Whether it’s the order of worship or the manner of dress worn by clergy and choir, your church has rituals. How many hymns and praise songs do you sing? Are there certain responses to liturgy that everybody “just knows?” Does the sanctuary furniture have to be in just the right place? How would it be if these things were changed?

Just as all our churches have rituals, so we also have personal rituals. Me, I like to sit in the same armchair each morning before anybody gets up, and pray. If I don’t have that cup of coffee beside me, something must be wrong. I have a whole collection of Bibles, but I have one in particular that I like to use for my personal prayer time. Some Christians use prayer beads or burn incense or light candles when they pray. Others cover themselves with a prayer shawl, kneel in the same position each evening, or use the same devotion book for years. Some always use the same prayer form (A.C.T.S. or J.O.Y., for example). Rituals can give us a sense of connection or grounding. When someone crosses himself, he immediately and wordlessly ushers himself into God’s presence. By raising her hands in prayer, a believer invites God to lift her into His arms. These gestures, tokens, and prayer devices all have deep meaning to many believers. What prayer rituals bring you comfort and peace?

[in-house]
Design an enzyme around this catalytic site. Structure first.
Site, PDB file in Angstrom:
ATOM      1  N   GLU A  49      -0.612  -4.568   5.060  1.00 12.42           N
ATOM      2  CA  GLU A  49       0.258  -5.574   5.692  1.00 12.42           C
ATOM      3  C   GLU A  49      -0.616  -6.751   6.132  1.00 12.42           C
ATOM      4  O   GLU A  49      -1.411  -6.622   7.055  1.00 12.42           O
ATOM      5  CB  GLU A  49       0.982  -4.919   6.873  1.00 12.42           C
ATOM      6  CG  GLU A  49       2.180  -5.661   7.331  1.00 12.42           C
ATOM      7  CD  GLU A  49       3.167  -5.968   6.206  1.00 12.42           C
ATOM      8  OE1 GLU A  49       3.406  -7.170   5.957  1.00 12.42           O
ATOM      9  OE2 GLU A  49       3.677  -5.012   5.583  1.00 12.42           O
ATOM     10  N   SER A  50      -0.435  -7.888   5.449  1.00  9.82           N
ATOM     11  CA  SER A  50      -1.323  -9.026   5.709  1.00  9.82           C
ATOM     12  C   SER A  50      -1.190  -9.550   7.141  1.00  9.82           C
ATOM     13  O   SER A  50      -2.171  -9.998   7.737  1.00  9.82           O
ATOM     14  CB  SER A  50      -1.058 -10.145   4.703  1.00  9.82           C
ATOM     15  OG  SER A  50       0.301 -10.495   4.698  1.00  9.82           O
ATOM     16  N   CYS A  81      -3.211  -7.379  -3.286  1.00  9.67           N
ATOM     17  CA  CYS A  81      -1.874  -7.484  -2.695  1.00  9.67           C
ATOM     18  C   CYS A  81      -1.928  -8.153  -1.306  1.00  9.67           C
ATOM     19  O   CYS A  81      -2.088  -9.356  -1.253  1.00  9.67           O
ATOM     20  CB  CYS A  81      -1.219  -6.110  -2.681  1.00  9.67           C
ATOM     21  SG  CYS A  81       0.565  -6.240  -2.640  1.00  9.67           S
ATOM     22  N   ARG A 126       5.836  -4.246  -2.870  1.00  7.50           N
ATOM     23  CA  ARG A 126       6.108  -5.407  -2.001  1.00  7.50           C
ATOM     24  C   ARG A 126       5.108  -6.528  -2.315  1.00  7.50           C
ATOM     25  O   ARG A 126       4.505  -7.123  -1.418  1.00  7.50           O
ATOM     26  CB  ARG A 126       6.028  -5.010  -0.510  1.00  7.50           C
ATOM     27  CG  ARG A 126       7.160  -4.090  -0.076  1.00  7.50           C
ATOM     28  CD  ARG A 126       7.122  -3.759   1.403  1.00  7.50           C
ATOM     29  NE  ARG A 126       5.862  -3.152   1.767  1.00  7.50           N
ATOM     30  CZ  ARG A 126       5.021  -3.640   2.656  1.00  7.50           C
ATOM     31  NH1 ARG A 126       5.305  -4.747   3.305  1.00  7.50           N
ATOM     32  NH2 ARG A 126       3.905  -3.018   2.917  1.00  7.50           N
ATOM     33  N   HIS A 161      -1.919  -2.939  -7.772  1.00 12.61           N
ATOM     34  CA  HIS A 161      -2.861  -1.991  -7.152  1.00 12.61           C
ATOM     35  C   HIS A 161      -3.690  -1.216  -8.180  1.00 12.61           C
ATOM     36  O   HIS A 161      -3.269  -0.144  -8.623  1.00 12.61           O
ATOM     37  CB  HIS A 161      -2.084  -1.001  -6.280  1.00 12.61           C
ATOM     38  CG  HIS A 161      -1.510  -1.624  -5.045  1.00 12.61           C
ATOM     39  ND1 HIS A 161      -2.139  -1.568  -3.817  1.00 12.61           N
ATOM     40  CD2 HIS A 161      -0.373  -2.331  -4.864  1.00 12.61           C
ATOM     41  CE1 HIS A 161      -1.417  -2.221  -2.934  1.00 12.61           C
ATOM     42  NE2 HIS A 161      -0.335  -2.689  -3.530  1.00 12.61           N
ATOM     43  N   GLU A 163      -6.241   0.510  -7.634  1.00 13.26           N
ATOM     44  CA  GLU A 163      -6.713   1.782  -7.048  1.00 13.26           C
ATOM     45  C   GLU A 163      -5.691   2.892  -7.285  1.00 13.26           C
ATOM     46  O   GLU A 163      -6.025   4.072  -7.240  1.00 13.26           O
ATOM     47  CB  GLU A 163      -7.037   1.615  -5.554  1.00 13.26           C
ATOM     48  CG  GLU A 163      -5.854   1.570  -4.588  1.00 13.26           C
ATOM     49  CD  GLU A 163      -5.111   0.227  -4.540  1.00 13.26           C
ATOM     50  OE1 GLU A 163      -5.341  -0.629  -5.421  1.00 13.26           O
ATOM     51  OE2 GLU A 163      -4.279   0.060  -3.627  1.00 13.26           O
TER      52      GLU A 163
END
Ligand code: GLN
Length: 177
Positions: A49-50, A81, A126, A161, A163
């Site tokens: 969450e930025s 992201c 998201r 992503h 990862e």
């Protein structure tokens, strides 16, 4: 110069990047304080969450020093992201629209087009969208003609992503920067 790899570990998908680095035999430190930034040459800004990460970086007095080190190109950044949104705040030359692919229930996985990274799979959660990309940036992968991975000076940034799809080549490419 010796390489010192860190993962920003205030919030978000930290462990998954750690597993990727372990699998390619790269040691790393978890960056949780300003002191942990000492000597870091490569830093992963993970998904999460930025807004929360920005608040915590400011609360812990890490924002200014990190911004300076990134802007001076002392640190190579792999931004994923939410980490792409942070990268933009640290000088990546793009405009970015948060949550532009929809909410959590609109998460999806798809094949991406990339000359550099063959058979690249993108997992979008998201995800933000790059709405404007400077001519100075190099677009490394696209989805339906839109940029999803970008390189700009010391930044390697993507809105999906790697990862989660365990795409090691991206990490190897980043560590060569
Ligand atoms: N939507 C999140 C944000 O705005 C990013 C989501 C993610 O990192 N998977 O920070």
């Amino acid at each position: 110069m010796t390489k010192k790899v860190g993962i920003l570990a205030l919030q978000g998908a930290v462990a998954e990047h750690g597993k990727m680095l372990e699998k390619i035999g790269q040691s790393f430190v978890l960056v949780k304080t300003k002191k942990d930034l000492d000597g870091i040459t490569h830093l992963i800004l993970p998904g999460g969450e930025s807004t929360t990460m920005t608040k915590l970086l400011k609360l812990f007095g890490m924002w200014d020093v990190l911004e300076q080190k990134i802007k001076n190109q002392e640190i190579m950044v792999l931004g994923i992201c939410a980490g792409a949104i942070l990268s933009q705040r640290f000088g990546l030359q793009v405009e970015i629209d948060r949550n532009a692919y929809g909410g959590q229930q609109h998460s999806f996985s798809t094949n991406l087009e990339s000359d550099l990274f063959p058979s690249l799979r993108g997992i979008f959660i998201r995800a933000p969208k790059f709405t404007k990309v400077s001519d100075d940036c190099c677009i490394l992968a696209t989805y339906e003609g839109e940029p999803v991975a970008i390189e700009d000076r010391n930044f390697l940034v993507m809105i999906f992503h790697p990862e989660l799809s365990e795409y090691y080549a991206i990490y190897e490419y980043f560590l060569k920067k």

Now, what if they were taken away?

While it’s good to have predictability in prayer, and personal rituals that give a sense of continuity and comfort, it’s also important not to rely on them. It’s God’s Spirit that should ultimately give comfort, and not the lighting of a candle. While the burning of incense might provide a sweet aroma for worship, it’s God’s Spirit that makes your prayer time truly sweet. Every now and then, I find myself away from my easy chair and my favorite Bible—and I believe it’s good for me to do without them. While personal rituals are good, we can’t let them take the place of true spirituality, where we experience God in a personal way. Don’t mistake ritual for relationship. Seek His face. “Draw near to God, and He will draw near to you (James 4:8 ESV).”